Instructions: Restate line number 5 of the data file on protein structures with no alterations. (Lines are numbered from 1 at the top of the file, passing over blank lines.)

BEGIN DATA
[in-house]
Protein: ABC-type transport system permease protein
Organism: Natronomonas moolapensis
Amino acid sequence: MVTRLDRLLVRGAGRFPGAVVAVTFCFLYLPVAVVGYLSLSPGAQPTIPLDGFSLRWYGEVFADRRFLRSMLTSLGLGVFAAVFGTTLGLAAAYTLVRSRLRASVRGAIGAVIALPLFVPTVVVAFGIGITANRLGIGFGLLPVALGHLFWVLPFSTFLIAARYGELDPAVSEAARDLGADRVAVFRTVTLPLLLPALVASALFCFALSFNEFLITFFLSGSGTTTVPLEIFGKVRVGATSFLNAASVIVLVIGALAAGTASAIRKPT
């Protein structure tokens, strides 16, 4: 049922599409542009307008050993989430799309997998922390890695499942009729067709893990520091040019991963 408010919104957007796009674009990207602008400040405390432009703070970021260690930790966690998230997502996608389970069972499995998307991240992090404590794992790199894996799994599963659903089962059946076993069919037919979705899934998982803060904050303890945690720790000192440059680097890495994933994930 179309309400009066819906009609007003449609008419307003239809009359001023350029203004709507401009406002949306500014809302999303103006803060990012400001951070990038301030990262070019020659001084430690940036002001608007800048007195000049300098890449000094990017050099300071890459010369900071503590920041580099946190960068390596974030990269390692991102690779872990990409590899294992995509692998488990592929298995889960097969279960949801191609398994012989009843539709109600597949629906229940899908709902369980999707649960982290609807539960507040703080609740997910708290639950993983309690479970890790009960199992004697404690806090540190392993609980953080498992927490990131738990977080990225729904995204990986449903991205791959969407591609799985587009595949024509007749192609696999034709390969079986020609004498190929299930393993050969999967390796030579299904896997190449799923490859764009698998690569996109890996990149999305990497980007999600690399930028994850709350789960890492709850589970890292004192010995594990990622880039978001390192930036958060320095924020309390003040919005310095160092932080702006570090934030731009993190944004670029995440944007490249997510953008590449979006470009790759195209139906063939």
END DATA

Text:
């Protein structure tokens, strides 16, 4: 049922599409542009307008050993989430799309997998922390890695499942009729067709893990520091040019991963 408010919104957007796009674009990207602008400040405390432009703070970021260690930790966690998230997502996608389970069972499995998307991240992090404590794992790199894996799994599963659903089962059946076993069919037919979705899934998982803060904050303890945690720790000192440059680097890495994933994930 179309309400009066819906009609007003449609008419307003239809009359001023350029203004709507401009406002949306500014809302999303103006803060990012400001951070990038301030990262070019020659001084430690940036002001608007800048007195000049300098890449000094990017050099300071890459010369900071503590920041580099946190960068390596974030990269390692991102690779872990990409590899294992995509692998488990592929298995889960097969279960949801191609398994012989009843539709109600597949629906229940899908709902369980999707649960982290609807539960507040703080609740997910708290639950993983309690479970890790009960199992004697404690806090540190392993609980953080498992927490990131738990977080990225729904995204990986449903991205791959969407591609799985587009595949024509007749192609696999034709390969079986020609004498190929299930393993050969999967390796030579299904896997190449799923490859764009698998690569996109890996990149999305990497980007999600690399930028994850709350789960890492709850589970890292004192010995594990990622880039978001390192930036958060320095924020309390003040919005310095160092932080702006570090934030731009993190944004670029995440944007490249997510953008590449979006470009790759195209139906063939």